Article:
CS3216 Week 4 - Application Critique
The following are the top 3 most important points I have learnt from the presentation of FastJobs by Group 10.
1. Tapping on an existing user base really pays.
FastJobs is a mobile app on both iOS and Android that aims to provide clean and comprehensive listings of part-time, contract and full-time jobs, and is targeted to the Singaporean market. Being developed locally by SPH, it traditionally puts up job listings through print, such as through local newspapers. Hence, it has a large existing pool of users who are already familiar and trust SPH to be able to get its job listings out to people, and that job seekers can also trust SPH that there are enough job listings to choose from. Comparing this to the other apps covered in yesterday’s Application Seminar, which are usually startups that begin with zero users, this app is different in that it already has a guaranteed source of data and users to allow the app to gain traction quickly, by simply shifting listings and job seekers to the app instead.
I feel that this is a double-edged sword, in that although it guarantees that you can see results immediately, and if the app succeeds in serving its purpose, then the cash would immediately start rolling in. However, should the app turn out not popular amongst its users, some users might wish to continue using the traditional print platform to post job listings, and others might even switch to an alternative job listing website (such as Gumtree), declining the customer base of SPH.
2. Unintuitive UI, Multiple Bugs
One of the more jarring points about Fastjobs would be that a button labelled “Send Message” or “Call Employer” within any job listing would cause the user to automatically “apply” for the job, which may cause undue distress or unintended phone calls, just because of misleadingly labelled buttons. This sort of mistake made by Fastjobs, in my opinion, is a big no-no, and would usually throw off users in fear of accidentally tapping the wrong things again. Furthermore, the overall UI may not be well-thought through, and the group mentioned that there were redundant tabs (two tabs labeled “Latest Jobs” and “Part-Time Jobs” which returned exactly the same content in the same ordering).
To build upon point 1, considering that the app on the Google Play Store has 100-500k users, which would be quite a substantial amount considering the entirety of its target audience is in Singapore, I feel that Fastjobs is quite lucky in the sense that they can get away with poor UI/UX decisions and still be able to retain its users, just simply because they are one of the largest and there are no better alternatives that are popular in the Singapore market yet.
3. Uber for Jobs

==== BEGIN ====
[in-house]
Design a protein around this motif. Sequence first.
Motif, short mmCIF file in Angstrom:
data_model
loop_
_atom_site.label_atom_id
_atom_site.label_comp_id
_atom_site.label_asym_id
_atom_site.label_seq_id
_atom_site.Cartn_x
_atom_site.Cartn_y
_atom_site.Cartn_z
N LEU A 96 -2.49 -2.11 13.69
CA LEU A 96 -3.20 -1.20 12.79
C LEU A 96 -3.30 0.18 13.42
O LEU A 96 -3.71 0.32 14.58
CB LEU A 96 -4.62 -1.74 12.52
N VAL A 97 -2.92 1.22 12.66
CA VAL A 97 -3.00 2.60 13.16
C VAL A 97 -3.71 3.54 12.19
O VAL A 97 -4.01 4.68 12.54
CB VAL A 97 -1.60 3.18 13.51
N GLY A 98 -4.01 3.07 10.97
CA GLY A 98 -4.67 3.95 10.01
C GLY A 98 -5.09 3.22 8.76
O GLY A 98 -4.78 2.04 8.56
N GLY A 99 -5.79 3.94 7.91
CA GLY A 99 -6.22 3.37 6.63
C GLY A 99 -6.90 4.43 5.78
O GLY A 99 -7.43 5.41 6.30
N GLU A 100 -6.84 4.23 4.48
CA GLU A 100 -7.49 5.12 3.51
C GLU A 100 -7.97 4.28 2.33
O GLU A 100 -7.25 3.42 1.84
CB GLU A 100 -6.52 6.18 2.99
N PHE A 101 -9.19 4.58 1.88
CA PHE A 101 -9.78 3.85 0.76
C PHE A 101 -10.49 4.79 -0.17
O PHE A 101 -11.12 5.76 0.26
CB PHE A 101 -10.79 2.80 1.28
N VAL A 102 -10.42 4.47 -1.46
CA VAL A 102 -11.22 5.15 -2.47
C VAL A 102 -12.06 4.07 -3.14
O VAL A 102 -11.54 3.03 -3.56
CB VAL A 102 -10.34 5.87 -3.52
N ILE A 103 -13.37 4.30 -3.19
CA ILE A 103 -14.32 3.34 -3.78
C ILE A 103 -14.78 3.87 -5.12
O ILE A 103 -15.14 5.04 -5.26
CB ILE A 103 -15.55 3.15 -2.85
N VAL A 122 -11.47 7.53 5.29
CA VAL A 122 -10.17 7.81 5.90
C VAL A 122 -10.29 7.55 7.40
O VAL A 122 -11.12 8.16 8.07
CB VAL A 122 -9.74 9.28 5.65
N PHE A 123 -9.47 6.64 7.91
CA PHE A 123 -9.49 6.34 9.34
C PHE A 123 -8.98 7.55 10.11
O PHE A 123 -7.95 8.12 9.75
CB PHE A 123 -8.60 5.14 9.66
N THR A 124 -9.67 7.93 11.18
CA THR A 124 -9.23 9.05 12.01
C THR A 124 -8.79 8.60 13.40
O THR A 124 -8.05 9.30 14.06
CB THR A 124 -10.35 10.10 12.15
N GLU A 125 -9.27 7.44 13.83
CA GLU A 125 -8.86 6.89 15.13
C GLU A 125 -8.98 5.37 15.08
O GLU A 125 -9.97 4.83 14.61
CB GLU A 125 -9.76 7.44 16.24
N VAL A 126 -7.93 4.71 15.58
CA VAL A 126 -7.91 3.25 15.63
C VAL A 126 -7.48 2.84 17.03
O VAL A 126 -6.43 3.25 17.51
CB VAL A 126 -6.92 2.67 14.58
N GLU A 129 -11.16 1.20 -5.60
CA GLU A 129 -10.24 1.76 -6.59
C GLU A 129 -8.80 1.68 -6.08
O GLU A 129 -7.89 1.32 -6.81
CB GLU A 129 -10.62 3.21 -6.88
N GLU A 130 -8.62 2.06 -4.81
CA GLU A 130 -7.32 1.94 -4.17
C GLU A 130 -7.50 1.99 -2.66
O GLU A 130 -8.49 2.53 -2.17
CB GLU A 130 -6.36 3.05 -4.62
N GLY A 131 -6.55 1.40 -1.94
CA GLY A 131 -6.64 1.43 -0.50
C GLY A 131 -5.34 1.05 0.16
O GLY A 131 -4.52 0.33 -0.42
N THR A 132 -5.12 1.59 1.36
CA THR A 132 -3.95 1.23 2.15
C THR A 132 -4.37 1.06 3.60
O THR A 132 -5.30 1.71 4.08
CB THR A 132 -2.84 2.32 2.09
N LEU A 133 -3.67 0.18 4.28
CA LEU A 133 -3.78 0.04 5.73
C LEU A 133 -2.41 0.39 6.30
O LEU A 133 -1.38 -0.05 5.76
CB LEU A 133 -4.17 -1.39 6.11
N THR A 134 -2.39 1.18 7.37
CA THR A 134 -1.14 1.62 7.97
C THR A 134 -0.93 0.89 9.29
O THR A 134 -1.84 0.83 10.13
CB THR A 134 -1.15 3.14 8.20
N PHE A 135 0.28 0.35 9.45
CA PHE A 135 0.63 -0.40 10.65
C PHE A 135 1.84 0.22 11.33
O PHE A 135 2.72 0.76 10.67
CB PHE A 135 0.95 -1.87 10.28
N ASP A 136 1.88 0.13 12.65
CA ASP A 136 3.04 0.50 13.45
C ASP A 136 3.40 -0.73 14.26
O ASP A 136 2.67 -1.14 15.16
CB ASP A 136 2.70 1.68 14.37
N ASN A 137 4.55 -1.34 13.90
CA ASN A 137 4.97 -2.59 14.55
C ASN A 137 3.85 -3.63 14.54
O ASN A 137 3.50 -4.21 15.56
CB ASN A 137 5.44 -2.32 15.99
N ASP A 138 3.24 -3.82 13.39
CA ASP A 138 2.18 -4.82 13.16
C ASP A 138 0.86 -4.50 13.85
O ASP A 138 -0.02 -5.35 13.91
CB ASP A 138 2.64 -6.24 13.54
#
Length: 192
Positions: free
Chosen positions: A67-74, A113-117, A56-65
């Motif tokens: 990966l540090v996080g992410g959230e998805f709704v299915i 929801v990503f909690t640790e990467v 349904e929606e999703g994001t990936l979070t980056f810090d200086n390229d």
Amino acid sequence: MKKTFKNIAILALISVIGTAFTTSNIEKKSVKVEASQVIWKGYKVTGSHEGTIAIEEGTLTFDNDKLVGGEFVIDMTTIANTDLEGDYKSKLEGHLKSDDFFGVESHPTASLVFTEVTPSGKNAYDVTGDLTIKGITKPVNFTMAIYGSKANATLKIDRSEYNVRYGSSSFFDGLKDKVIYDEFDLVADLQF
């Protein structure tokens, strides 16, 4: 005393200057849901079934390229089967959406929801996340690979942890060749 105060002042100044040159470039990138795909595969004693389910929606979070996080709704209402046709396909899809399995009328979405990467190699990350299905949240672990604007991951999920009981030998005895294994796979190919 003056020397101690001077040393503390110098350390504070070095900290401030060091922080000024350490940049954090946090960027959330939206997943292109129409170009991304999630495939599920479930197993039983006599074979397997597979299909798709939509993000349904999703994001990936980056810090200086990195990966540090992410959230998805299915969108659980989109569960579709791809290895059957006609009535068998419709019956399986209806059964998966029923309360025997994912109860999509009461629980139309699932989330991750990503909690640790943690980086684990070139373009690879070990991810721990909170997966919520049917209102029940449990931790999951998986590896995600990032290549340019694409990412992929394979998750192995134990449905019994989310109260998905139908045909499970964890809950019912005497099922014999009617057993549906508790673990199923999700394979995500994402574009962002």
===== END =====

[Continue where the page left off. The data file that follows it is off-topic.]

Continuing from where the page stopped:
The group also suggested having an add-on service provided by Fastjobs, to allow employers to seek and confirm part-time employees on an ad-hoc basis, which was inspired by Uber. Furthermore, they suggest to include the surge pricing mechanism to simulate some sort of free market economy for these kind of jobs, as well as a real-time tracking component to view how many potential employees are in close proximity.
Though it sounds like a good idea since it’s riding upon a proven business model, I feel that there may not be many jobs that would fit such criteria such that employers can get employees to report to work within minutes, and that there would also be sufficient employees looking for jobs that are walking around. Furthermore, these sort of jobs typically cannot last for more than a few hours, and cannot require employees to undergo any sort of extensive training, so it would typically only be applicable for jobs such as flyer givers and logistic packers. It might be a novel idea, but unless SPH can identify the niche and build an app to really tackle the needs of the users within that niche, then would it be successful.
I feel that Fastjobs is indeed particularly lucky because it is published by SPH, and having a large user base to begin with is half the battle won. However, they really should polish their app soon, before other Singaporean or even international startups get a foothold of this market, and SPH could potentially stand to lose its long-standing pool of customers.
The lesson in this would be similar to that of Kodak and Fujifilm, where Fujifilm saw the growing trend of digital photography and decided to diversify towards it, while Kodak decided against it, believing fully in its brand name. SPH could stand to learn from this, and although they are taking steps towards digital job listings by investing in app development, in today’s fast-paced and ever-changing world, they may stand to lose out unless they begin to make huge improvements to their app to retain its user base.